Athletic Director Pat Haden continues to profess belief in head coach Lane Kiffin, who presided over a meltdown of historic proportions last year.  But the Trojan faithful are neither accustomed to nor content with mediocrity, so Kiffin enters 2013 with one of the smallest margins for error in college football.  His father and defensive coordinator, Monte Kiffin, deservedly bore much of the blame for USC’s collapse.  The elder Kiffin’s exit over the offseason allows the Trojans to turn a new leaf on that side of the ball, although the differences will not be fully appreciated until the conference schedule starts.  Hawaii has experienced some internal turmoil of its own after head coach Norm Chow fired his offensive coordinator early in fall practices.  The Rainbow Warriors mustered little resistance in the first edition of this home-and-home series last year.  Their porous defense should give a new USC quarterback plenty of chances to find Heisman candidate Marqise Lee and complementary deep threat Nelson Agholor.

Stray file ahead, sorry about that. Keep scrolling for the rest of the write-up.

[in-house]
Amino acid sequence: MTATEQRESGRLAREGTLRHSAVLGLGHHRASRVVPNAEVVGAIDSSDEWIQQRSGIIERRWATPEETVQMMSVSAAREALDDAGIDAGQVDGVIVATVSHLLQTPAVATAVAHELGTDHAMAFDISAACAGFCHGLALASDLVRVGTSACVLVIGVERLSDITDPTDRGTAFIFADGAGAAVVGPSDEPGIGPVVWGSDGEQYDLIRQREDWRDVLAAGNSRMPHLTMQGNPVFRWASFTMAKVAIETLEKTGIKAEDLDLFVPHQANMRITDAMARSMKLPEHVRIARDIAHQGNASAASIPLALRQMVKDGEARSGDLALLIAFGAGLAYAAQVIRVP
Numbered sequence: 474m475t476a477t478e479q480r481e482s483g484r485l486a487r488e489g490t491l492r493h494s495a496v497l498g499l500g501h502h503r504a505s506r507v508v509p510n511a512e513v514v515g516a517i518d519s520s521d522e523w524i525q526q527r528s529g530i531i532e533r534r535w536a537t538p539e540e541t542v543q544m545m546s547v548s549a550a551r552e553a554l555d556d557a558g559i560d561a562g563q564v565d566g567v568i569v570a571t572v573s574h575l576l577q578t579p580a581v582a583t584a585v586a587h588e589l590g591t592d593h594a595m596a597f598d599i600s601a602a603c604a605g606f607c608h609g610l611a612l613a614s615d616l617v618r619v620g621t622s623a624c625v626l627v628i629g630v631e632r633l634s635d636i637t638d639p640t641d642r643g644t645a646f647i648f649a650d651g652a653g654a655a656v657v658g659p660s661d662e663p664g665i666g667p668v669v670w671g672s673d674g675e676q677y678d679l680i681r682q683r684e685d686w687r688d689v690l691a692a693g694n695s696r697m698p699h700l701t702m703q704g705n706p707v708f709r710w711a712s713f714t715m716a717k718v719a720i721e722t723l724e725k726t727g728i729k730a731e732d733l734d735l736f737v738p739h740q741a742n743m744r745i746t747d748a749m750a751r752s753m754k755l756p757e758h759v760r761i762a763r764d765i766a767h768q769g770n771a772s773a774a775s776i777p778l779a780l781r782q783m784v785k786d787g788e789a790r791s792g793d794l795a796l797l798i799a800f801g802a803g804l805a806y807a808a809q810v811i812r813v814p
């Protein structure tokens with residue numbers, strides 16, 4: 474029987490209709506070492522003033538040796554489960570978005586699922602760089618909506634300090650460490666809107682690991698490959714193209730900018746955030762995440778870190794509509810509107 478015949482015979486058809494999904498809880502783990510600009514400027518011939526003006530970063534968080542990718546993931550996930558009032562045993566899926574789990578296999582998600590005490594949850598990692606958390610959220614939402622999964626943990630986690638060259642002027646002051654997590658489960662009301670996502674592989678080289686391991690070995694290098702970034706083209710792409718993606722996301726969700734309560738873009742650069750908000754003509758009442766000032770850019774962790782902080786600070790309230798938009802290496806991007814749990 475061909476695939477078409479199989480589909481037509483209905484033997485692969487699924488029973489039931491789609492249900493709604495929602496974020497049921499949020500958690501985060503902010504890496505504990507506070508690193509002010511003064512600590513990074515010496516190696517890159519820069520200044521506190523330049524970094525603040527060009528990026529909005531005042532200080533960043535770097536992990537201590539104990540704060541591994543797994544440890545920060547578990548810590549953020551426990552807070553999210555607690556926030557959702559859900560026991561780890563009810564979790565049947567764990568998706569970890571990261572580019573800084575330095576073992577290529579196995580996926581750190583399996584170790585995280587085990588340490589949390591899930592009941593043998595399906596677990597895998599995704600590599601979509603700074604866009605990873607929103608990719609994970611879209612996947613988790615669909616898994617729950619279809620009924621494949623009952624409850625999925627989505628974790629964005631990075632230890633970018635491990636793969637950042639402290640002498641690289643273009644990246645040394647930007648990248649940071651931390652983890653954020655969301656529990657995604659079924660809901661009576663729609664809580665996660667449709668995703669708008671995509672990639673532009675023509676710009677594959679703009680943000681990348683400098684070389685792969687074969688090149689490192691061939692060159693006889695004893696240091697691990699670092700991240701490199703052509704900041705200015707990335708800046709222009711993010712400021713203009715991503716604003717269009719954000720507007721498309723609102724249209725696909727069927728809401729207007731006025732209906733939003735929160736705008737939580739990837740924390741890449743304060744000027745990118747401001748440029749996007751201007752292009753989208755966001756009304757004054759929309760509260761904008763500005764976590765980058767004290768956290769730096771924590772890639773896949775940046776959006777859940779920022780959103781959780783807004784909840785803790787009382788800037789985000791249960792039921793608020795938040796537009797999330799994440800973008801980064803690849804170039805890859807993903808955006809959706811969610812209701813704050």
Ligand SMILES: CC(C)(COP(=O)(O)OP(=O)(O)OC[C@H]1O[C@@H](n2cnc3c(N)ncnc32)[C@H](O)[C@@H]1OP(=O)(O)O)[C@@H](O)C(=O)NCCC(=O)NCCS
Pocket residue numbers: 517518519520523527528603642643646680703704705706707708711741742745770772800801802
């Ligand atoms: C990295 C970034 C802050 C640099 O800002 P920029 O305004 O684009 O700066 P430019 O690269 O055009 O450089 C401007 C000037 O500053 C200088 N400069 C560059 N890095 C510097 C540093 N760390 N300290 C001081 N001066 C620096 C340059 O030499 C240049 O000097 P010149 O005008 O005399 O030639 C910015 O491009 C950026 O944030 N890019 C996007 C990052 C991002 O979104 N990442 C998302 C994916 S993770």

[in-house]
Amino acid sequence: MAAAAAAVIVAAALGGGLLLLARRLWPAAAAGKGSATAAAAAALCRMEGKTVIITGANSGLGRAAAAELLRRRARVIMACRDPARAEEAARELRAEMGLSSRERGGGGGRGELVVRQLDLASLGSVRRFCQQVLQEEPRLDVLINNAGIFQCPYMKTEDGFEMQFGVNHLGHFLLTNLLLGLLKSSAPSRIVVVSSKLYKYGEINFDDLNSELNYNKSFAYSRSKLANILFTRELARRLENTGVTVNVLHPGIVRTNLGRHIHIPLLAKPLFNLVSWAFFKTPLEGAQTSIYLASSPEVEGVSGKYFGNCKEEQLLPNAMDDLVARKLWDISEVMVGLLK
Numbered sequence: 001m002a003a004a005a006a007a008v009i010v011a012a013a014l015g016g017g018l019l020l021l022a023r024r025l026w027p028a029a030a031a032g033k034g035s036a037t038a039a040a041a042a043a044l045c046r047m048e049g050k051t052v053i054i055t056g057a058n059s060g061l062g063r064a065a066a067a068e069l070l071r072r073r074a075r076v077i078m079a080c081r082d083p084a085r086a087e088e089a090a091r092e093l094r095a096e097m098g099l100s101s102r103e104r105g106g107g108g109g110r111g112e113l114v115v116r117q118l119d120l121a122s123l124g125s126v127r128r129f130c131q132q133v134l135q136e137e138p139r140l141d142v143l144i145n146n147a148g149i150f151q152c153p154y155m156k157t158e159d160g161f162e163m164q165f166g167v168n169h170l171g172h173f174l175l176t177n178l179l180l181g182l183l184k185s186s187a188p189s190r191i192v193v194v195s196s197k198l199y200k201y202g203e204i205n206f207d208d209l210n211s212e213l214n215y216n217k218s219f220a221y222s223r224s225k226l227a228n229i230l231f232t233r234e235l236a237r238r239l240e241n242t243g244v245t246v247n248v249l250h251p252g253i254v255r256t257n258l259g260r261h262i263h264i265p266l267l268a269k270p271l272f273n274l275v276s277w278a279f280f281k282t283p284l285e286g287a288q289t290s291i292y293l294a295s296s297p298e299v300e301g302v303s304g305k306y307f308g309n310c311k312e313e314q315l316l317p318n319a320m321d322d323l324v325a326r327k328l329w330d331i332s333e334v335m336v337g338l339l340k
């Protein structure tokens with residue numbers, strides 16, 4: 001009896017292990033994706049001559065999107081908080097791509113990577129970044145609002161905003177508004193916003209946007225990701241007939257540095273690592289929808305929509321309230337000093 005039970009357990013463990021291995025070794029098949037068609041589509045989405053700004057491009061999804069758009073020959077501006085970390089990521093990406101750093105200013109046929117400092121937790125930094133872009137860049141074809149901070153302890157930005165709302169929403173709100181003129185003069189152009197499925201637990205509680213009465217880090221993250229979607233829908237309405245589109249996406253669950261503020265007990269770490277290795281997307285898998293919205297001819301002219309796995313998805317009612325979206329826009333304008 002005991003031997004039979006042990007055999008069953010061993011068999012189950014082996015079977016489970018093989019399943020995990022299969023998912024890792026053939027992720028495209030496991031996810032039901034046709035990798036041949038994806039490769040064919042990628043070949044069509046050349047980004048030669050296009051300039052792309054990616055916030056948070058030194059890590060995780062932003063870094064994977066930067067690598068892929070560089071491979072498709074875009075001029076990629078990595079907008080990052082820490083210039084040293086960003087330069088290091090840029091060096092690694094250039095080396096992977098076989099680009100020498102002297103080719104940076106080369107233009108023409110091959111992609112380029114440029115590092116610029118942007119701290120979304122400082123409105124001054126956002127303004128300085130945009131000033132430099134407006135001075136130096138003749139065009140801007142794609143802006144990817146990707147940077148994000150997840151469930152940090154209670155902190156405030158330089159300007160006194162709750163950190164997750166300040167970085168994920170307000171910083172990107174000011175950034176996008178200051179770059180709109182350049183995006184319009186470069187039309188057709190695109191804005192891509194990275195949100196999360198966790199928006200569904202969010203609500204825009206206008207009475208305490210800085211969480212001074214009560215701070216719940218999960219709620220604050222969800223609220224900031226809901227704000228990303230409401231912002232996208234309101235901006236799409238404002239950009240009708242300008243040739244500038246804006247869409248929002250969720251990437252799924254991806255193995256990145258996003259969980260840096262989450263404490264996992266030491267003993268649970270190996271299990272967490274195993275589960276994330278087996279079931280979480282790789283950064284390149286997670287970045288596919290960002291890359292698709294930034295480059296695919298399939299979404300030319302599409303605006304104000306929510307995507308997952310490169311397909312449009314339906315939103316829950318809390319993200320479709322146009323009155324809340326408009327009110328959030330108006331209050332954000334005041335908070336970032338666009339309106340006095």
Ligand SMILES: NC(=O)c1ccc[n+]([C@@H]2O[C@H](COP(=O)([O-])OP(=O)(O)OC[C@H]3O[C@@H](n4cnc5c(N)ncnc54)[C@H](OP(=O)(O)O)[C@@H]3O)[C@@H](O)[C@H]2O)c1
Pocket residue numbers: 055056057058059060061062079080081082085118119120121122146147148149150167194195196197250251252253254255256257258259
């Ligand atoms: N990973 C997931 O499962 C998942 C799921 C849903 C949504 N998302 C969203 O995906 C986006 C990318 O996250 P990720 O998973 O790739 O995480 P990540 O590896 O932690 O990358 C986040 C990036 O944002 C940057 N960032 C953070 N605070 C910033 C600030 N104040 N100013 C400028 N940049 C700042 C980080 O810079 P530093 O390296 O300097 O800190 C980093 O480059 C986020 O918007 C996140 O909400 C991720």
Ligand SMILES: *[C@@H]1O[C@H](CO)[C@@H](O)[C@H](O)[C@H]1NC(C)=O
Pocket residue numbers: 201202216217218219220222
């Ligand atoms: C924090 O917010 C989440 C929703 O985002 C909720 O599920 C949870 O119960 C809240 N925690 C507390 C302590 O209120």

USC by 24

Northern Arizona at Arizona (Friday, 7 PM, Pac-12 Network):

A true “cupcake game,” Arizona’s opener pits them against an FCS opponent that they defeated by more than 50 points last year.  Two key questions surround the Wildcats in their second year under Rich Rodriguez, one on offense and one on defense.  The first is whether whoever wins the three-way quarterback competition to replace Matt Scott can come close to replacing Scott’s production, so crucial to Arizona’s successes last year.  The second is how much one of the worst defenses of any program in a major conference has improved with experience.  This mismatch probably will not give clear answers to either of those questions, although it might allow Rodriguez to evaluate which of his three quarterbacks should get the early nod.